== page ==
In Southern California, an atomic scientist named Clayton Forrester (Gene Barry) is fishing on vacation when an object crashes to Earth near Linda Rosa. He examines the impact site and runs into USC Library Science instructor Sylvia van Buren (Ann Robinson) and her uncle, Pastor Matthew Collins (Lewis Martin). That night, a hatch on the object unscrews and opens. Three men guarding the site wave a white flag, but they are obliterated by a heat-ray.
The Marine Corps surround the site, while reports come in of identical cylinders landing all over the world and destroying cities. Three Martian War Machines rise from the site. Pastor Collins tries to make contact, but he is disintegrated. The Marines open fire but cannot penetrate the protective force-field. Retaliative fire with the heat-ray and other weapons forces the military to retreat.
Doctor Forrester and Sylvia, trying to flee in a spotter-plane, crash land and hide in an abandoned farmhouse. They are becoming seriously acquainted when another cylinder buries the house. A long tentacle with an electronic eye worms its way into the house, but Forrester cuts it off with an axe. A Martian enters the house and Forrester injures it with the axe, collecting a blood sample. They escape just before the house is obliterated and Forrester takes the sample to his team at Pacific Tech. The scientists understand how the eye works and notice that the blood is anemic.
World capitals begin to fall silent, and it is believed that World Domination by the Martians is only six days away. The US government falls back on the usual—dropping an atom bomb on the war machines—but the blast is not effective. The City of Los Angeles is evacuated as the war machines advance upon it. A panicked mob destroys the scientific equipment to steal the truck; Forrester and Sylvia are separated from each other. Forrester searches for Sylvia and guesses she would shelter in a church. He finds her praying with other survivors. As the war machines approach them, they begin to lose power and crash. One of the Martians dies crawling out of its machine. The Martians are succumbing to the bacteria of Earth. All the power of the Terran military was nothing compared to that microscopic threat.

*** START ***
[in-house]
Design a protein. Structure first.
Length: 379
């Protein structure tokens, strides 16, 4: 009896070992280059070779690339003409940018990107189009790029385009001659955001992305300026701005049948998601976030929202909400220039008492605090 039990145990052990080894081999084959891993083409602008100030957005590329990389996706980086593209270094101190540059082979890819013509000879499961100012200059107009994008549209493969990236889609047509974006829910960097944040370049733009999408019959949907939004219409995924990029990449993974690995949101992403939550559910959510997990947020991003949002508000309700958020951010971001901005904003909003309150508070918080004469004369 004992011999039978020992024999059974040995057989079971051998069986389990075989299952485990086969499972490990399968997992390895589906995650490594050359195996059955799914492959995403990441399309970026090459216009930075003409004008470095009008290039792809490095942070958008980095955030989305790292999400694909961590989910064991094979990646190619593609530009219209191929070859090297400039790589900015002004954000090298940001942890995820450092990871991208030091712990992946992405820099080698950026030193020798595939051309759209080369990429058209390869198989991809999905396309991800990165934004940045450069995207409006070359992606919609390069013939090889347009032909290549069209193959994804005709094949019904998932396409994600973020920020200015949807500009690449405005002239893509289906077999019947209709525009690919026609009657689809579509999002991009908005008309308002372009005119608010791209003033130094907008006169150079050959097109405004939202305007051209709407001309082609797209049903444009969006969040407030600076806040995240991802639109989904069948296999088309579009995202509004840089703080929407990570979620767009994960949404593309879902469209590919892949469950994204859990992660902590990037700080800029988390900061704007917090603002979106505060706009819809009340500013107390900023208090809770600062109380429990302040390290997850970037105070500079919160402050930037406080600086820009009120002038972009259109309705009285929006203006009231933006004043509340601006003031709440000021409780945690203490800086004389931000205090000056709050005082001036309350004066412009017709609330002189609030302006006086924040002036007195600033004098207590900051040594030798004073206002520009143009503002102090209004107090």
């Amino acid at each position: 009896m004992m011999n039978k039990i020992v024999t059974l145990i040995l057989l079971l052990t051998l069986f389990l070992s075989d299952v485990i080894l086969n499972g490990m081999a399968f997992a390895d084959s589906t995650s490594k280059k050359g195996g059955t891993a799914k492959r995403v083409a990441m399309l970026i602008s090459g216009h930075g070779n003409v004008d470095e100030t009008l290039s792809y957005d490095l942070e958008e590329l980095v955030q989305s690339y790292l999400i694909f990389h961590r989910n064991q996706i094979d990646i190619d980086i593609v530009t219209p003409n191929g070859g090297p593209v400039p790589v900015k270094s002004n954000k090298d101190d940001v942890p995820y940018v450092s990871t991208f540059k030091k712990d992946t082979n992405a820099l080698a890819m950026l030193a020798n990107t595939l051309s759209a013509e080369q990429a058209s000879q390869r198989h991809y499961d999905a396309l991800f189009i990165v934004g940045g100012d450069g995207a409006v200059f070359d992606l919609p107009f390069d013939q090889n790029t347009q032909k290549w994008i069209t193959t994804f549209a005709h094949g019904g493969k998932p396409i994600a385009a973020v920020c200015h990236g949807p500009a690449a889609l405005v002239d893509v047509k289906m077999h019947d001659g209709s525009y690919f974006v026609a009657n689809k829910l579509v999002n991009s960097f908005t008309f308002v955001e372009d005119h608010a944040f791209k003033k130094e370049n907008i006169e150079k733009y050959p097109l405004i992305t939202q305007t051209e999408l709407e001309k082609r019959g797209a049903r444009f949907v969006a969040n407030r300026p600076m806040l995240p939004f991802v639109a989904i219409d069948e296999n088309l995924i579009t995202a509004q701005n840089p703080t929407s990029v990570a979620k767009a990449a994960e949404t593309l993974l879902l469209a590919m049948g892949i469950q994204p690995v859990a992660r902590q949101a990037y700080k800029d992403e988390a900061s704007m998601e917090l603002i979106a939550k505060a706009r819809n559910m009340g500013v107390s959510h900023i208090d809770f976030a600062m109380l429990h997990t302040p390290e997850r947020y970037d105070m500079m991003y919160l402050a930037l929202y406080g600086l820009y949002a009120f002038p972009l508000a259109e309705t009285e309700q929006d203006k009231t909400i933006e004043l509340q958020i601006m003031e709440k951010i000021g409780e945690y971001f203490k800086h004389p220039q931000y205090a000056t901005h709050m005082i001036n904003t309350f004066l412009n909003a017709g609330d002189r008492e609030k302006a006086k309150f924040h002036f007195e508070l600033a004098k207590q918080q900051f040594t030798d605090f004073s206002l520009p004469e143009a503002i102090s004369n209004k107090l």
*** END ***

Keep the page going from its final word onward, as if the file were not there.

The film was produced by George Pal, directed by Byron Haskin, and made by Paramount Pictures, based on the 1878 novel by H.G. Wells, though moved from Victorian England to modern California. It has become one of the most important SF movies and is kept in the Library of Congress. The pictures of the Solar System drawn by Chesley Bonestell appear in the prologue, which is narrated by Sir Cedric Hardwicke, to show why the Martians covet our lovely world. Interestingly, most of the descriptions of the planets are now obsolete. The third act was to be shot in the new technology of 3D, but that proved to be too difficult. It was shot in Corona, California and Los Angeles. Believe it or not, when the first alien ship crashes on Earth, Woody Woodpecker can be seen in a tree because Walter Lantz was a good friend of George Pal. The beautiful Northrop YB-40 Flying Wing appeared as a bomber in the Martian War.
Much was changed from the H.G. Wells story, besides changing the century and continent. Wells depicted the Church as cowardly; the film made the Pastor a hero. In the novel, the aliens fed on human beings and are 16-tentacled creatures. In the film, we barely see them. In the novel, the war-machines are towering tripods, and in the film are shaped like manta-rays with a goose-neck top and ray-guns shaped like cobras, which hiss like snakes. The rather terrifying sound they make has been used in many a science-fiction film since. Later, better film prints revealed the support wires for the ships, but they were not visible in the first screenings. The film won an Oscar for special effects, but it was the only one nominated that year.
The Wells family was so happy with the film that they let George Pal do The Time Machine in 1960. The war machines, made of copper, were melted down for a Boy Scout copper drive. Many of the sound effects were used in Star Trek. Actor Les Tremayne looked so much like an officer that real soldiers saluted him. Steven Spielberg’s 2005 version of War of the Worlds, with Tom Cruise, though also transported from Victorian England the US, was much more faithful to the book. They managed to make the tripods look like they could walk.